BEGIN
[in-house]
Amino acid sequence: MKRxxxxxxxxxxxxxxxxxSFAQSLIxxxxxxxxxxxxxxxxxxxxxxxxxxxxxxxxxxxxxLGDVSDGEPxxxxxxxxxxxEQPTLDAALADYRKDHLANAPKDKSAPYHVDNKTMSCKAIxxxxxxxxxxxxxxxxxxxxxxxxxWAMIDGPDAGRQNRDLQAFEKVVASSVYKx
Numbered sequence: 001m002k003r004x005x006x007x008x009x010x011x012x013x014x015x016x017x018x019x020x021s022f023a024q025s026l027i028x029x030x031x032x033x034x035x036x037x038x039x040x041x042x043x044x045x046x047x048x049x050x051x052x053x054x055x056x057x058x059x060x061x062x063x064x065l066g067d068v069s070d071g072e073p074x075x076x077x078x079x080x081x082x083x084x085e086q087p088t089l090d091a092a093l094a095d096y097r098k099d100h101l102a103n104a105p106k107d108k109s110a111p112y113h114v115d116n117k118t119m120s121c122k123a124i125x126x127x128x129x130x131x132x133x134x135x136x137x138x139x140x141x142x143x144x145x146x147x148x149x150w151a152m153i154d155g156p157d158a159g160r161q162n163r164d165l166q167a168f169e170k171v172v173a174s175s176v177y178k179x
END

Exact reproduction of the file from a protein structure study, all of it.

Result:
[in-house]
Amino acid sequence: MKRxxxxxxxxxxxxxxxxxSFAQSLIxxxxxxxxxxxxxxxxxxxxxxxxxxxxxxxxxxxxxLGDVSDGEPxxxxxxxxxxxEQPTLDAALADYRKDHLANAPKDKSAPYHVDNKTMSCKAIxxxxxxxxxxxxxxxxxxxxxxxxxWAMIDGPDAGRQNRDLQAFEKVVASSVYKx
Numbered sequence: 001m002k003r004x005x006x007x008x009x010x011x012x013x014x015x016x017x018x019x020x021s022f023a024q025s026l027i028x029x030x031x032x033x034x035x036x037x038x039x040x041x042x043x044x045x046x047x048x049x050x051x052x053x054x055x056x057x058x059x060x061x062x063x064x065l066g067d068v069s070d071g072e073p074x075x076x077x078x079x080x081x082x083x084x085e086q087p088t089l090d091a092a093l094a095d096y097r098k099d100h101l102a103n104a105p106k107d108k109s110a111p112y113h114v115d116n117k118t119m120s121c122k123a124i125x126x127x128x129x130x131x132x133x134x135x136x137x138x139x140x141x142x143x144x145x146x147x148x149x150w151a152m153i154d155g156p157d158a159g160r161q162n163r164d165l166q167a168f169e170k171v172v173a174s175s176v177y178k179x